What is the best way to top up on omega-3?
Author Gill ShafferLast updated 7th February 2020
- Ingredients & Nutrition
The long-chain omega-3 fatty acids are essential for a whole range of biological processes, but our bodies can’t make enough so we need to obtain most of it from our diets. A range of different sources are now available in supplement form; here we take a look at them in more detail to help you decide which is best for you.
- Why is omega-3 important?
- What is the best way to get enough omega-3?
- Which omega-3 supplement should I choose?
Why is omega-3 important?
Omega-3 is a group of polyunsaturated fatty acids including DHA, EPA and ALA. DHA and EPA are found mainly in marine animals including fish and shellfish, while ALA can be obtained from plants.
These fatty acids are essential for life and are present in every cell of the human body, as they are needed for the membranes that protect cells and control the flow of nutrients into and out of them.
High concentrations are found in the eyes, brain and cardiovascular system.
You can find out more about why omega-3 intake is so vital on our Definitive Guide.
What is the best way to get enough omega-3?
Although the human body can manufacture its own omega-3 it cannot make enough for its own needs, so most of it must be obtained from the diet.1
A whole range of foods contain omega-3 fatty acids. DHA and EPA are famously plentiful in oily fish like mackerel and sardines. They are also present in smaller quantities in white fish, seafood/shellfish and some animal products such as eggs and dairy.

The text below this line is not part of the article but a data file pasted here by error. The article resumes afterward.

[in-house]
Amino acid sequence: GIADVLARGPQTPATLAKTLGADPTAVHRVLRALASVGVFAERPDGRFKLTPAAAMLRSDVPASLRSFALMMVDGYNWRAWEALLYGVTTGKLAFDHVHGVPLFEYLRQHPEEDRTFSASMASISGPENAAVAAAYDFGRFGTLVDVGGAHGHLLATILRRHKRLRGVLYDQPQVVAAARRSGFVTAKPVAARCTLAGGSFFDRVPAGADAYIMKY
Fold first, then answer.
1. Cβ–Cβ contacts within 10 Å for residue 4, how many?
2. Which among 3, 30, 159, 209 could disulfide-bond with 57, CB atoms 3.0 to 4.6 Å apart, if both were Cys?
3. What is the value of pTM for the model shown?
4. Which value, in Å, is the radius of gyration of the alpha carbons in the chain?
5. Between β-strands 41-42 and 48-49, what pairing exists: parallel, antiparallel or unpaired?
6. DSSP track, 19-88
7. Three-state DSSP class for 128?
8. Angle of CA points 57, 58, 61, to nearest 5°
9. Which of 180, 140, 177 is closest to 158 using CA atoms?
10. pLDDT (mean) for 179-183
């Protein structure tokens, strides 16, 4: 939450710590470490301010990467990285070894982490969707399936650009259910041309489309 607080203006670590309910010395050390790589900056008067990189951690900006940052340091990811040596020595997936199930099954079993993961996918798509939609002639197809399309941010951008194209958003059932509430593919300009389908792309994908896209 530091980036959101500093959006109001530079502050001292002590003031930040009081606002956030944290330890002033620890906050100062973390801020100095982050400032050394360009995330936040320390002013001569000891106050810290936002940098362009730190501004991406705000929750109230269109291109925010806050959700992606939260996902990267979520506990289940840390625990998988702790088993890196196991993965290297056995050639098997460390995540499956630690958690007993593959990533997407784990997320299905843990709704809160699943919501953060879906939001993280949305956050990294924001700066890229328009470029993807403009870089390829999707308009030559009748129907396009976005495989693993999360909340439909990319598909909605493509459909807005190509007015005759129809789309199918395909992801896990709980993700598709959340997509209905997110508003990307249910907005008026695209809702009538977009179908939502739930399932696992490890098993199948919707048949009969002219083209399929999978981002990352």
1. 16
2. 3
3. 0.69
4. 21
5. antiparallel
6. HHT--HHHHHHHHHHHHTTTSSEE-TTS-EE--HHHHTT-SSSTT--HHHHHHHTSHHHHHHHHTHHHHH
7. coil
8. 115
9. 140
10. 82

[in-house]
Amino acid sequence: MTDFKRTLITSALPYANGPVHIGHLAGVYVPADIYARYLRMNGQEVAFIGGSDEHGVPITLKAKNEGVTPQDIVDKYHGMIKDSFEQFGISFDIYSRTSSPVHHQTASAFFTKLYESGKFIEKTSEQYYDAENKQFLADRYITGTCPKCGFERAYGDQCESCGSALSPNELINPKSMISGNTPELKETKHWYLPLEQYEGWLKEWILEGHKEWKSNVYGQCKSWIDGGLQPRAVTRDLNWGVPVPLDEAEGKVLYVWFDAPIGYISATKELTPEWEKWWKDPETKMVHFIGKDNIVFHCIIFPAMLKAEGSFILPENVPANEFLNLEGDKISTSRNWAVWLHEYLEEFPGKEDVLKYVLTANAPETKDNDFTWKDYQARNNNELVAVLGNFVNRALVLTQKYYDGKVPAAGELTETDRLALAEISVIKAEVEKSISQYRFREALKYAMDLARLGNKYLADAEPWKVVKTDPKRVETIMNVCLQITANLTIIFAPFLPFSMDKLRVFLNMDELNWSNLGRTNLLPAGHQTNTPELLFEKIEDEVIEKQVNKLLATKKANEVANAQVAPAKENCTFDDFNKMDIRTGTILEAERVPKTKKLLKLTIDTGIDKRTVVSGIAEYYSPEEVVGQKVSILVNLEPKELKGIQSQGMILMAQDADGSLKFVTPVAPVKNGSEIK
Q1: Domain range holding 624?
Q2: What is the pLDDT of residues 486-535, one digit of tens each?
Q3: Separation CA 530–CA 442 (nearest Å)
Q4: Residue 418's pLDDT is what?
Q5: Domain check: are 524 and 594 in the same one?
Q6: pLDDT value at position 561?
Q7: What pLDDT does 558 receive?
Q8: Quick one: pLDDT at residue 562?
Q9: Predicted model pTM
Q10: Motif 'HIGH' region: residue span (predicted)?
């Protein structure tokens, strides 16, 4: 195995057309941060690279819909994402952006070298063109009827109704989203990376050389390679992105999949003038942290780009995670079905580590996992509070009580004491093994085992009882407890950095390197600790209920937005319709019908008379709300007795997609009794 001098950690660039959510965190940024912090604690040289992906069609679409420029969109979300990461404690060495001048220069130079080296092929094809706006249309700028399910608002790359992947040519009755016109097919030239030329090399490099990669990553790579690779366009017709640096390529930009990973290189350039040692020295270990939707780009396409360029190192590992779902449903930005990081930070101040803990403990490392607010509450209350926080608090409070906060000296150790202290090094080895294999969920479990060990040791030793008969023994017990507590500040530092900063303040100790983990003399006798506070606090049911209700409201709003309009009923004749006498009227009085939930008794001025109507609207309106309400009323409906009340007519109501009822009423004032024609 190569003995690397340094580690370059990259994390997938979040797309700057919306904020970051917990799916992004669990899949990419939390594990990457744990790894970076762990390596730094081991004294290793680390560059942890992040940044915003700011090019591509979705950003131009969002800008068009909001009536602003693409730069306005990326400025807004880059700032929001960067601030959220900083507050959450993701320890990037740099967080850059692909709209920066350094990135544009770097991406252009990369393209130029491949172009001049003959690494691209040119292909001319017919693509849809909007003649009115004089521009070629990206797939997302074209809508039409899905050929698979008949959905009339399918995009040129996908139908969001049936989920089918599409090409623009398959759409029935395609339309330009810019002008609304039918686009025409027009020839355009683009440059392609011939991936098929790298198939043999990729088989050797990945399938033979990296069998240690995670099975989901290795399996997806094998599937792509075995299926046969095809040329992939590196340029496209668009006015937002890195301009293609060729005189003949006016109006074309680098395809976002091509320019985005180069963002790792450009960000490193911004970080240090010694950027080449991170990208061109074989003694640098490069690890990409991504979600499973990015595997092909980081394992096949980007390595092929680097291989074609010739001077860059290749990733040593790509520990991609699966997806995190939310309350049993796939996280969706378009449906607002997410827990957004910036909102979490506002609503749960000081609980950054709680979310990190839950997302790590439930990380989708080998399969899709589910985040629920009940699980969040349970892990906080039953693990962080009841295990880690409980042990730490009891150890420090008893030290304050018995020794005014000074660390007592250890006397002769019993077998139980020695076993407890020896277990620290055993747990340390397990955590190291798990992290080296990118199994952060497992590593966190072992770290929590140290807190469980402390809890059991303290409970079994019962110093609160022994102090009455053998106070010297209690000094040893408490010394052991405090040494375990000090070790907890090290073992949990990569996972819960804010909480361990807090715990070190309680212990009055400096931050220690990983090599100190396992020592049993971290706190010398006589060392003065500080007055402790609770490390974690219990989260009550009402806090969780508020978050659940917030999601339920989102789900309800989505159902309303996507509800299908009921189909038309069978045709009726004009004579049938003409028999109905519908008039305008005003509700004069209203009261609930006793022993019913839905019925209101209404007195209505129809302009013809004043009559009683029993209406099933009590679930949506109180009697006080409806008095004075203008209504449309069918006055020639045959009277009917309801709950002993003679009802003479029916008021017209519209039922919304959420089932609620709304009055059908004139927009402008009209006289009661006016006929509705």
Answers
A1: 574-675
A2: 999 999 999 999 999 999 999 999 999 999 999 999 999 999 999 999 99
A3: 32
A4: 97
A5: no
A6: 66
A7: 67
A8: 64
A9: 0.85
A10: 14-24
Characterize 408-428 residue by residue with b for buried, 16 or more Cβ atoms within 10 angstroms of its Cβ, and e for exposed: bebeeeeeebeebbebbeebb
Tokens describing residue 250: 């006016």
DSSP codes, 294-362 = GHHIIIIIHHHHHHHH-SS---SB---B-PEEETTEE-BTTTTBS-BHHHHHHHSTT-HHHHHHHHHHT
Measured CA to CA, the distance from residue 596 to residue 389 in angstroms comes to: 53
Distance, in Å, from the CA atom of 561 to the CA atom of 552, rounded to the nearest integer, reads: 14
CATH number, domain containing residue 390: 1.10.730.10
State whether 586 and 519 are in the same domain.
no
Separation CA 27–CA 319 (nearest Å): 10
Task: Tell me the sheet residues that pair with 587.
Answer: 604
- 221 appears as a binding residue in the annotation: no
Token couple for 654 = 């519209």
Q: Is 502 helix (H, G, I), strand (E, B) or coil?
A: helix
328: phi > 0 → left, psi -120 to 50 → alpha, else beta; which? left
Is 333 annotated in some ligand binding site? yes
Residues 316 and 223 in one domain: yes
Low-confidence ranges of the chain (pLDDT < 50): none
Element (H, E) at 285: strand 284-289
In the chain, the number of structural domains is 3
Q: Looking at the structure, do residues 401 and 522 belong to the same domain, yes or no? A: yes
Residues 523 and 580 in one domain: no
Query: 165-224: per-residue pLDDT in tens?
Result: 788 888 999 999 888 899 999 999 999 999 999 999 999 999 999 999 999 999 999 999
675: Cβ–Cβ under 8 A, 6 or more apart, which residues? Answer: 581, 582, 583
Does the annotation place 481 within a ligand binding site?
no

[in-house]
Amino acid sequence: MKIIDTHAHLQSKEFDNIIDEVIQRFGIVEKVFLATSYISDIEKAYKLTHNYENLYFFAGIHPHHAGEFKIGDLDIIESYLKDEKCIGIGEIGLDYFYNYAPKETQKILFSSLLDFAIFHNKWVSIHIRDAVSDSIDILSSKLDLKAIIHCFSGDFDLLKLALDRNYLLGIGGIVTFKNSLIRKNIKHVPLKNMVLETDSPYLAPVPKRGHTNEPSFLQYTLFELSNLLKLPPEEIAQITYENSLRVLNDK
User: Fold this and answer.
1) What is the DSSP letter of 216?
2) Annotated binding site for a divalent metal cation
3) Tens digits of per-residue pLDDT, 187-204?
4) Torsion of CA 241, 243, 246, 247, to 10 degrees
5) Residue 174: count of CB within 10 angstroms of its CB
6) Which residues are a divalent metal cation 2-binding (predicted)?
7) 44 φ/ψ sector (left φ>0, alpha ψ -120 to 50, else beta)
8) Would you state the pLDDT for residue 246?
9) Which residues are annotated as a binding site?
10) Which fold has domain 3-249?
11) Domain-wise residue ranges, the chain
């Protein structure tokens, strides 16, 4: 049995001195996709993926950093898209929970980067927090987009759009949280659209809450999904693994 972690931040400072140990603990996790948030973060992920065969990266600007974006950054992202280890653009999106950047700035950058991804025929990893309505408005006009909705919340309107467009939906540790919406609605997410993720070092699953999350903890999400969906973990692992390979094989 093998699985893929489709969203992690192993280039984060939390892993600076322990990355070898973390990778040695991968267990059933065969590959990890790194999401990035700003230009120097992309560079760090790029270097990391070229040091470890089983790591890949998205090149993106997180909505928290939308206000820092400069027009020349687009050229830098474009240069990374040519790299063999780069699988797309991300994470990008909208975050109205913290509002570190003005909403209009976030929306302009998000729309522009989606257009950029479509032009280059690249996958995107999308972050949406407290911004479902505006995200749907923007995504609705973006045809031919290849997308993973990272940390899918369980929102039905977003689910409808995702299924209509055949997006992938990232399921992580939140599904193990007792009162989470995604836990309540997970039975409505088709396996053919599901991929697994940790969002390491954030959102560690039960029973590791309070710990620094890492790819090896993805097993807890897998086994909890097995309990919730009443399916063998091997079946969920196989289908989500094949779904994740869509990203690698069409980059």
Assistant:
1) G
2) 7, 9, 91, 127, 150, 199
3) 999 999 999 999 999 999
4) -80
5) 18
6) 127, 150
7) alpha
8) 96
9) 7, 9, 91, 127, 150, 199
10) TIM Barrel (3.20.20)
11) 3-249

ALA is an omega-3 fatty acid which is found in plant sources, including some nuts and seeds, spinach, broccoli and tomatoes.
However, many people eat a diet that doesn’t contain enough of these omega-3 rich foods. Supplements containing omega-3 are a popular way to ensure you are getting enough of these essential nutrients - along with multivitamins, omega-3 is the most popular supplement in the UK.
Which omega-3 supplement should I choose?
Supplements containing omega-3 are labelled in different ways. Some are named after the main source (like cod liver oil) while others take the generic ‘omega-3’ name, so you’ll need to check where the active ingredient is from to decide which is best for you.
Cod liver oil
The most popular source of omega-3 is cod liver oil. This became a common part of the diet a hundred years ago, but because it contains vitamin D rather than on account of the omega-3 content. Scientists began to recommend giving it to children after they discovered that a lack of vitamin D was behind a childhood disease called rickets.
In the later 20th century, researchers realised that eskimos seemed to have good cardiovascular health despite eating a fatty diet and discovered that the omega-3 in the seafood they ate was responsible.2
There is a decades-old popular tradition that cod liver oil helps to ease sore joints and conditions like arthritis. Research now suggest that the anti-inflammatory qualities of the omega-3 that it contains are probably responsible for this.3
This long history means that cod liver oil is still the bestselling omega-3 supplement even though alternatives are now available. Many people remember taking it from a spoon as a child, especially the strong fishy flavour but today, cod liver oil is often sold in capsule form.